The European Union

2008 01 26
System compatibility, writ large

The NYT had a little blip today about the new freight train service between China and Germany. It’s interesting in itself, and especially so because apparently Russia and Mongolia’s national railroads use a different gauge than the national railroads of China, Germany, Poland and whatever other country the route passes through. So a single train can’t make the journey. They have to unload the freight and re-load it, to transfer between trains that run on the relevant gauges. I love this for reasons I’m having a hard time articulating fully. Giant systems, huge investments of resources and labor and time for their respective countries, where the decisions about the basic specs have huge ramifications, and it would be just a nightmare to fix.

But here’s where the NYT story surpasses itself into infrastructure geek sublimity. Because a similar problem of incompatible gauges has cropped up at other times in history, and the article links to the amazing example of the US southern railroads, which in 1886 converted almost 12,000 miles of track (and all their working trains too) to a different gauge in two days.

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2004 08 12
Europe on Sudan

I’ve said this before, but saying something n number of times has never prevented me from saying it for the n +1th time: For the most part, Europe’s collective foreign policy seems sluggish, timid, and unimaginative. I appreciate the efforts to defuse the current nuclear program row with Iran, along with other sundry initiatives. But on matters like Sudan, I don’t see much to admire.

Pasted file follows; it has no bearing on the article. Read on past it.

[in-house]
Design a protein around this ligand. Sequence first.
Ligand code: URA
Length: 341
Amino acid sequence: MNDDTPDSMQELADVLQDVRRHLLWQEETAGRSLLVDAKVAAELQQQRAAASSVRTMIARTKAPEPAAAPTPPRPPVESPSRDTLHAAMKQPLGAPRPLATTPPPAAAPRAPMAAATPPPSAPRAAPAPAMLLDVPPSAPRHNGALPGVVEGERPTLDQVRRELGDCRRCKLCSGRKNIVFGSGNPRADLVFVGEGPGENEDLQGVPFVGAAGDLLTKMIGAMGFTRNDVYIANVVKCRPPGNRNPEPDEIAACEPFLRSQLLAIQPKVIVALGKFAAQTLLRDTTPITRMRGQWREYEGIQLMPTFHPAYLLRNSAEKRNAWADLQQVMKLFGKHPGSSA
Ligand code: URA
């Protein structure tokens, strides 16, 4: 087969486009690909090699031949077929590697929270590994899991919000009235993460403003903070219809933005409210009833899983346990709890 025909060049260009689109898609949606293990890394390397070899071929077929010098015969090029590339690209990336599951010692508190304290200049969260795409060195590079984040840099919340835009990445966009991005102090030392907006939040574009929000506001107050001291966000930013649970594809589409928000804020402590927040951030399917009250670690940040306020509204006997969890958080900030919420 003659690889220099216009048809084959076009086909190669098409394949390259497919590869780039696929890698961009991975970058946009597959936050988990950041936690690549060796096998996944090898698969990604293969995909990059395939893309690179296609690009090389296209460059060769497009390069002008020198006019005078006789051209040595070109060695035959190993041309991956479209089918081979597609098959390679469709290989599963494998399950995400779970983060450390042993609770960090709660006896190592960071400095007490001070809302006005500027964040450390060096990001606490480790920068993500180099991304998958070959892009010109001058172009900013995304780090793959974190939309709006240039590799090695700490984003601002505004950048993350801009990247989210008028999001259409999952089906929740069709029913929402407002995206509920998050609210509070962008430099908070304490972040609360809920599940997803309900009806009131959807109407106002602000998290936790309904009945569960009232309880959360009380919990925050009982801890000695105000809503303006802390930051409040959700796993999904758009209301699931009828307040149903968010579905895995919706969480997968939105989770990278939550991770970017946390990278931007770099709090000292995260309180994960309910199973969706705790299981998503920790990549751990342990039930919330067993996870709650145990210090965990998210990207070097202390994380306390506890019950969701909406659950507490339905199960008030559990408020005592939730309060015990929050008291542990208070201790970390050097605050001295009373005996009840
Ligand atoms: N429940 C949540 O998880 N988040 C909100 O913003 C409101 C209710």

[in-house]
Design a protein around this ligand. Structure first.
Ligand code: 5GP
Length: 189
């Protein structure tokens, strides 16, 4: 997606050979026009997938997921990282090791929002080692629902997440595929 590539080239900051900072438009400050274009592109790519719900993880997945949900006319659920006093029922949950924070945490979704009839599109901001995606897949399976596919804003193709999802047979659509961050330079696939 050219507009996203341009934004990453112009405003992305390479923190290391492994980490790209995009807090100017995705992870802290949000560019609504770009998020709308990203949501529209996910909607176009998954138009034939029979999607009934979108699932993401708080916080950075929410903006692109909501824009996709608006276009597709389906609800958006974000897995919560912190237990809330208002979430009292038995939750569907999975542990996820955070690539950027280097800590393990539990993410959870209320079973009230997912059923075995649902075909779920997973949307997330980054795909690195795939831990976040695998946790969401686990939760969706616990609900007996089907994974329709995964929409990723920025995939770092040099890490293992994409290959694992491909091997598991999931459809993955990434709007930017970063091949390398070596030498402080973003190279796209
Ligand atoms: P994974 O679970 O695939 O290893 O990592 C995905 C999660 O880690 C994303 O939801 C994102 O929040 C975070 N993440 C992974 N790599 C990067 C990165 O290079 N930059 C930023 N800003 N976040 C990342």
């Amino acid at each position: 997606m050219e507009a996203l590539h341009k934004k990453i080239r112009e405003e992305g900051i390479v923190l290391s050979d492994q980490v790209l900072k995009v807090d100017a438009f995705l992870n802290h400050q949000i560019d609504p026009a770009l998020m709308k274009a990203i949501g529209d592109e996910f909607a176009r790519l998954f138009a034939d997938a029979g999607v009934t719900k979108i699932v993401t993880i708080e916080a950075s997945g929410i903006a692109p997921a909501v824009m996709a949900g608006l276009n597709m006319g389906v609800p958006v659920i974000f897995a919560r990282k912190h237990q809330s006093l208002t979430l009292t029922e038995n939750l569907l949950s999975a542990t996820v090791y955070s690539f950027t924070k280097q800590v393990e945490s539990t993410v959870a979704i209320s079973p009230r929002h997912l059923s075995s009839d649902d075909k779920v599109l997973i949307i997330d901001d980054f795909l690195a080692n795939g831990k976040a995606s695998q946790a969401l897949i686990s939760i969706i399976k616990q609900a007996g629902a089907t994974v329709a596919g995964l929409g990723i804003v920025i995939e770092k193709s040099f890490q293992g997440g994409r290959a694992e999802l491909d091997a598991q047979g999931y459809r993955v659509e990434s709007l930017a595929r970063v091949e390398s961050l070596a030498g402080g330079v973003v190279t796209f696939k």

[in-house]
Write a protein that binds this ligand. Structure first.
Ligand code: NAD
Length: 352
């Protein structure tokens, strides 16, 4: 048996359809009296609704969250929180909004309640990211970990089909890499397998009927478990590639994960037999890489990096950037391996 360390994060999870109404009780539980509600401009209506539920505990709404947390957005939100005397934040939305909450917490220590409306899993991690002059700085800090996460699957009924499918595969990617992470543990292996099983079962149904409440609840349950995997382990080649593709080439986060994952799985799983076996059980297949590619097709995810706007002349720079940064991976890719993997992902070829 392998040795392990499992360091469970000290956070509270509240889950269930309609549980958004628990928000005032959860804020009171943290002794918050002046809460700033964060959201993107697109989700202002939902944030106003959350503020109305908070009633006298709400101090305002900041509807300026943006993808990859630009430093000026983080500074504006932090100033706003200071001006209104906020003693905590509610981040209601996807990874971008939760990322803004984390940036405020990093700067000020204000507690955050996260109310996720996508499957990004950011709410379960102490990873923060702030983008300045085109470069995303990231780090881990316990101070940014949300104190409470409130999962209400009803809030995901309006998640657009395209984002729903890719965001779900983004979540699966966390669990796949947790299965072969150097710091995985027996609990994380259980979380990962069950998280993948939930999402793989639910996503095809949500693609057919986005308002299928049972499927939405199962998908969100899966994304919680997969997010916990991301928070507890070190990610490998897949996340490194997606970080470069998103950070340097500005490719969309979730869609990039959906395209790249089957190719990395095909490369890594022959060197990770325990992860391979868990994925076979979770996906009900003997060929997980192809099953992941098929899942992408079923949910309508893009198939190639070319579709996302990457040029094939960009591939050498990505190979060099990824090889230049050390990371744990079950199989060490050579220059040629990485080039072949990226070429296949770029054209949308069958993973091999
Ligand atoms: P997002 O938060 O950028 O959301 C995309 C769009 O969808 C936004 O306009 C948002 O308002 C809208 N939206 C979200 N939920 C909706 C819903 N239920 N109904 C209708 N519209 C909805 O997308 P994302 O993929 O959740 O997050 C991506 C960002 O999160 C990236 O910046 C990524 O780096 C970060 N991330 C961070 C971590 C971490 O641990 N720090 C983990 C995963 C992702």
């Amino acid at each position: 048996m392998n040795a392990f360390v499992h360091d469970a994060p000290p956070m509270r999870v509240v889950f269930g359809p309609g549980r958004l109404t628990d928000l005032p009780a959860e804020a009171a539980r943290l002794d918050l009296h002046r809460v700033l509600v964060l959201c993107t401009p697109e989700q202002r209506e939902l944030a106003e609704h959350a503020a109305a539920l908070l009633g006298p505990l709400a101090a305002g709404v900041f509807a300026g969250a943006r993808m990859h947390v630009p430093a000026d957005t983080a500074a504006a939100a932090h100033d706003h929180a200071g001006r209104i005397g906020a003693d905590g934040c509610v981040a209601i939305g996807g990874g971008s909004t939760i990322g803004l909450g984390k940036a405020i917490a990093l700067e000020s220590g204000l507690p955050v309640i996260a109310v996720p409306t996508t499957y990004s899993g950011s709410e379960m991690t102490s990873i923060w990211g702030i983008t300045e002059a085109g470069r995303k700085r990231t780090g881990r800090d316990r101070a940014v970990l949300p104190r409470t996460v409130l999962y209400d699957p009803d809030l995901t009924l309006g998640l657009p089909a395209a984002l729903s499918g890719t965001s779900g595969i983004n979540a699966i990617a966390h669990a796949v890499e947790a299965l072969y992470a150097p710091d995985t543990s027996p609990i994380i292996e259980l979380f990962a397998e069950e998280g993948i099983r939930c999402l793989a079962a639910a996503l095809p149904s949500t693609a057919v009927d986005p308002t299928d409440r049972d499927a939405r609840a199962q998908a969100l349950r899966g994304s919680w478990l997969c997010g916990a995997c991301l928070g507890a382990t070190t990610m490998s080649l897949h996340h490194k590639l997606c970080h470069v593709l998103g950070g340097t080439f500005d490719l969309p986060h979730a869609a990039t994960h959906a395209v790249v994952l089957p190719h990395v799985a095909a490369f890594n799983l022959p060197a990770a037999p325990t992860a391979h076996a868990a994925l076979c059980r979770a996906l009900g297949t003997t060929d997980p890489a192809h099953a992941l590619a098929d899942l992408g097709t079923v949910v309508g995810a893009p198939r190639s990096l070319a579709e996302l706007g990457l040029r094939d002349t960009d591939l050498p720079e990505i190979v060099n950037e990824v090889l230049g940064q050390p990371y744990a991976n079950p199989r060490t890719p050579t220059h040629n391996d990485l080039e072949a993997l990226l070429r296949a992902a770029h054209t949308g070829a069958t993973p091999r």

The recent news that the E.U. has punted on the question of whether there is or is not a genocide going on in Sudan on this only confirms this impression. They are not saying, mind you, that there isn’t a genocide. They are punting. Again. This level of cowardice is unseemly in what ought to be a nice counterweight to American global dominance.

Look, I’m aware that this is actually a very complicated situation and that some of the measures currently being urged might end up being counterproductive. (I found out recently to my disappointment that, thanks mainly to Russia, Sudan has a discouragingly modern military.) And I do not even know enough about the situation to say definitively that it is a genocide. But it sure looks like one from where I sit, reading the news and feeling very safe and sound in Brooklyn. And so I hope I can be forgiven for saying that instead of calling a spade a spade, the E.U. seems much more inclined to say: “That there spade-like implement you see is not so much a spade as an instrument which might or might not be suited for such work as is conventionally called spading owing to the fact that it has a spade-like shape and might (or might not!) have been designed with spading in mind.”

Howls of outrage (2)

2004 06 11
Europe and Iran

Human Rights Watch urges Europe to get tough on Iran:
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2004 04 21
Uzbekistan and the Open Society Institute

Via Oxblog, I see that the Uzbekistan government has decided to give the Open Society Institute the boot. This is really terrible news, since the Open Society Institute obviously did good work attempting to build civil society in the country.
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